Feeling: Exhausted, out of breath, but still having the glimpse of excitement.
Pain Level: Super High. You will be sore. You will be tired and you will still have to run through again.
There will be a point during your training process where you will break down – usually as it gets closer to competition time. If you escape this stage you are lucky and maybe just have super pole and confidence skills. After all the intense training, your body is going to be going through a lot. Bodies were not conditioned to do the extreme things done in pole. There will be times where it just can’t keep up and you think of it as a failure. So you break down and wonder why the hell you are even putting yourself through this. You question if you are ready to compete. You may compare yourself to others and think you are so far behind. It will be an emotional battle.
Feeling: Defeated, worried.
Pain Level: Super High still because even though you are having a breakdown you still are probably running through your routine multiple times a week.
After you have your temporary break down, Yes that’s right Stage 5 is temporary! you will begin to see yourself and your routine strengthening. You are no longer dying for air after each run through – in fact you may be okay to just do it one more time. You feel your moves lightening and things that used to be a struggle become less so. It will still be physically challenging and demanding don’t get me wrong, but it will become easier.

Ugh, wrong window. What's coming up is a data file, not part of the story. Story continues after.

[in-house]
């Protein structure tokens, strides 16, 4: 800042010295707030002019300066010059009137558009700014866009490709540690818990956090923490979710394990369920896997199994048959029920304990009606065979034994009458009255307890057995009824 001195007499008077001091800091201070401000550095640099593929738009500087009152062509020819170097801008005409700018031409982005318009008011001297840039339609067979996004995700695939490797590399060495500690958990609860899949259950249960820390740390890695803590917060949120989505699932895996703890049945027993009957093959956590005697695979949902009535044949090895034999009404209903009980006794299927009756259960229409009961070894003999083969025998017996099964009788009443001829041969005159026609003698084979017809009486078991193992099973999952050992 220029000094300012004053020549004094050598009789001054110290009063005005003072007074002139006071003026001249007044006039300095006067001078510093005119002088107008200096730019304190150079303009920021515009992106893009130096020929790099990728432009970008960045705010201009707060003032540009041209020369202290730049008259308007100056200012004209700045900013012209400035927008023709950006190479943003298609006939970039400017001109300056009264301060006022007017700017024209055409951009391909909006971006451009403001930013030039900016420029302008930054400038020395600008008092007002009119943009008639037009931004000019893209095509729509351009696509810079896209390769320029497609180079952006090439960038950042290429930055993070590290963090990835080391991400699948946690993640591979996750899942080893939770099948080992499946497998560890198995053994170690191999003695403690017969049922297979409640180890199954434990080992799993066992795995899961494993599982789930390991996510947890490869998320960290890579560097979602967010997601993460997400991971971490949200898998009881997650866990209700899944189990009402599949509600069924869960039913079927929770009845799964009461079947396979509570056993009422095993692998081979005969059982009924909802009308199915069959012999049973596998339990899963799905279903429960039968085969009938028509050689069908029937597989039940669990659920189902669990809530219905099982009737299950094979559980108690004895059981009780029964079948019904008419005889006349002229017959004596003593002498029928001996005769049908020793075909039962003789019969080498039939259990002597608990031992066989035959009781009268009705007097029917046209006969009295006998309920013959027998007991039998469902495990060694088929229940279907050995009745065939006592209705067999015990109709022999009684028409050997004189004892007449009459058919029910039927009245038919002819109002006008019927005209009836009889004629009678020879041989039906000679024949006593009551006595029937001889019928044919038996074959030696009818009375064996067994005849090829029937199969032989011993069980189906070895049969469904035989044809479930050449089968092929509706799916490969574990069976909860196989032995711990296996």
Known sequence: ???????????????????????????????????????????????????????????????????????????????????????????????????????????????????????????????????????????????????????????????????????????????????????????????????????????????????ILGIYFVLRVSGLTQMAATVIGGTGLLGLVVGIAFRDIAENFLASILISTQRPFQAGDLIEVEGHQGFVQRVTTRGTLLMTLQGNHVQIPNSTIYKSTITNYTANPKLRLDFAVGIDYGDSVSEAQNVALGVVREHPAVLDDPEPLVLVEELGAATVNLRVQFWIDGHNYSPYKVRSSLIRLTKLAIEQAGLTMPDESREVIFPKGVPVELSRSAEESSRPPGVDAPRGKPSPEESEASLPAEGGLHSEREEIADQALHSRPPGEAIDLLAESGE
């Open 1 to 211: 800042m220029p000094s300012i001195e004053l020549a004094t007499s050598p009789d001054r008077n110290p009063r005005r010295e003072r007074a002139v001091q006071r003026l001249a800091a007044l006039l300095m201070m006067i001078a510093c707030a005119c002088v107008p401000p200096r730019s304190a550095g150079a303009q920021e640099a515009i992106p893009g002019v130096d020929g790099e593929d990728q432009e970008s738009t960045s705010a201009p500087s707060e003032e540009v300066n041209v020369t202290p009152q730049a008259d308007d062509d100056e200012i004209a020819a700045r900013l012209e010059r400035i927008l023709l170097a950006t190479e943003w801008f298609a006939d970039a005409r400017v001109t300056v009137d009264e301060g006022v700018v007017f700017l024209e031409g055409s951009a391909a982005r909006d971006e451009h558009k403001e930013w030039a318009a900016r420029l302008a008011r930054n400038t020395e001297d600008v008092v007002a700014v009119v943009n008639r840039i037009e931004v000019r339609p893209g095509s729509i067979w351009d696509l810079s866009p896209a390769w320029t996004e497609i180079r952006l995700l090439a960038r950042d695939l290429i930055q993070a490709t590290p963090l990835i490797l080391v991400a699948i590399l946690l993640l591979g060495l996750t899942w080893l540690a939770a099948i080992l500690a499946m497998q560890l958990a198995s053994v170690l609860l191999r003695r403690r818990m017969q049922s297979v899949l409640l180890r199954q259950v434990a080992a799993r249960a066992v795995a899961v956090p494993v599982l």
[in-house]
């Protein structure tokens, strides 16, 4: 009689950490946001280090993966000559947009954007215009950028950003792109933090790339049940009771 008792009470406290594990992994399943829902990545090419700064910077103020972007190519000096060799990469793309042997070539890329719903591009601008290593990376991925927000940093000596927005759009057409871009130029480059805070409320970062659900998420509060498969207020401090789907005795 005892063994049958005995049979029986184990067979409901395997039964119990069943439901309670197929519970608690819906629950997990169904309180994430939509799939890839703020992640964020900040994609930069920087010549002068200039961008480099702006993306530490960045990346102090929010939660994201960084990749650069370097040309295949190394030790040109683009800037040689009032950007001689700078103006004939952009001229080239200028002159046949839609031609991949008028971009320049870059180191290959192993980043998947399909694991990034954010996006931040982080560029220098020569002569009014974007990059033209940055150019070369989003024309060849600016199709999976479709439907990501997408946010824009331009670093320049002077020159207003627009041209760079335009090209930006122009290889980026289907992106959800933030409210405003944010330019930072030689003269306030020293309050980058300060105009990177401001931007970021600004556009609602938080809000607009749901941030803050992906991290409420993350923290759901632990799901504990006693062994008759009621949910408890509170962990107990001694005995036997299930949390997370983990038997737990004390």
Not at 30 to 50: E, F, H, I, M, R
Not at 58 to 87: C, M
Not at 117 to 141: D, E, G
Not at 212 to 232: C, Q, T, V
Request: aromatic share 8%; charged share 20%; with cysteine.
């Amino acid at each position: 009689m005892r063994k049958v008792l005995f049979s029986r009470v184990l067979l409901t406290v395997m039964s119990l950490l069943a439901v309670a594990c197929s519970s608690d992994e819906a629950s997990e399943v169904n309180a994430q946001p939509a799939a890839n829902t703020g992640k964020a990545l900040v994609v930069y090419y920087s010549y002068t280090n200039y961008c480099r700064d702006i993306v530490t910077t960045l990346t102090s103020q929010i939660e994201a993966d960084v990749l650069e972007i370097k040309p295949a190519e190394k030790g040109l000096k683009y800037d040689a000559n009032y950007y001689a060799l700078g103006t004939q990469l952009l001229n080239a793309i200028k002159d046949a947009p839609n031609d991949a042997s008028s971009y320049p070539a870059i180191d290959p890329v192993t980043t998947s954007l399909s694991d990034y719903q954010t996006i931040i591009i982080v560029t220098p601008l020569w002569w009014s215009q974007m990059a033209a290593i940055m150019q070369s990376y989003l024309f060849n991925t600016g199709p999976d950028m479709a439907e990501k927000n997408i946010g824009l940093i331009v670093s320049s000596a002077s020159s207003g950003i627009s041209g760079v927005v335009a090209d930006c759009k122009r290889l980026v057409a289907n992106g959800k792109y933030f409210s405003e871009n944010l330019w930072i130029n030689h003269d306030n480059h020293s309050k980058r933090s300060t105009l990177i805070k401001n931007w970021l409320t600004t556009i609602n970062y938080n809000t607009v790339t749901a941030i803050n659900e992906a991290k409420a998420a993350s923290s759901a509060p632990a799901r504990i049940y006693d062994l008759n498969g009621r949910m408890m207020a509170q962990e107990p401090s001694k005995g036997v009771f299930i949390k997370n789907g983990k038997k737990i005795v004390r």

Feeling: Exhausted, excited and a bit more confident.
Pain Level: High. Perhaps not as sore as when you first started running through.
You are ready. After all the intense training you’ve done over the past months you will be ready whether you like it or not. There’s no backing out now. You’ve accepted that fact and you’re going to go forward and give it your best. You’ve trained for months, and now you’re ready to show the world what you’ve got! You may hit all your moves, you may miss a few but you will go on and take that final bow at the end. After your 3-4 minute routine, you will be on a pole high and it’s the best feeling in the world. You just did it and completed all the stages of competition training like the beast you are.
Feeling: Nervous, then relief, then accomplished.
Halloween is just a few short days away, and things aren’t exactly what they seem. Particularly when it comes to my cat. I’ve noticed him staring at my pole. Lounging with my Pleasers. Eyeing my drawer of pole clothes. I shake my head and tell myself it’s not possible. That everything pole related I’ve noticed lately is purely coincidence. That he’s just a cat, and cats don’t pole dance.
Or do they?
But when the photos came, I couldn’t find a single one that I liked. My costume was too big, and I showed. My stomach looked flabby. My hair was a mess. I didn’t hold some tricks nearly as long enough as I had thought, and those I had held weren’t really aimed at the audience. So, I had a good cry, shut my laptop, and decided to look back at them another day.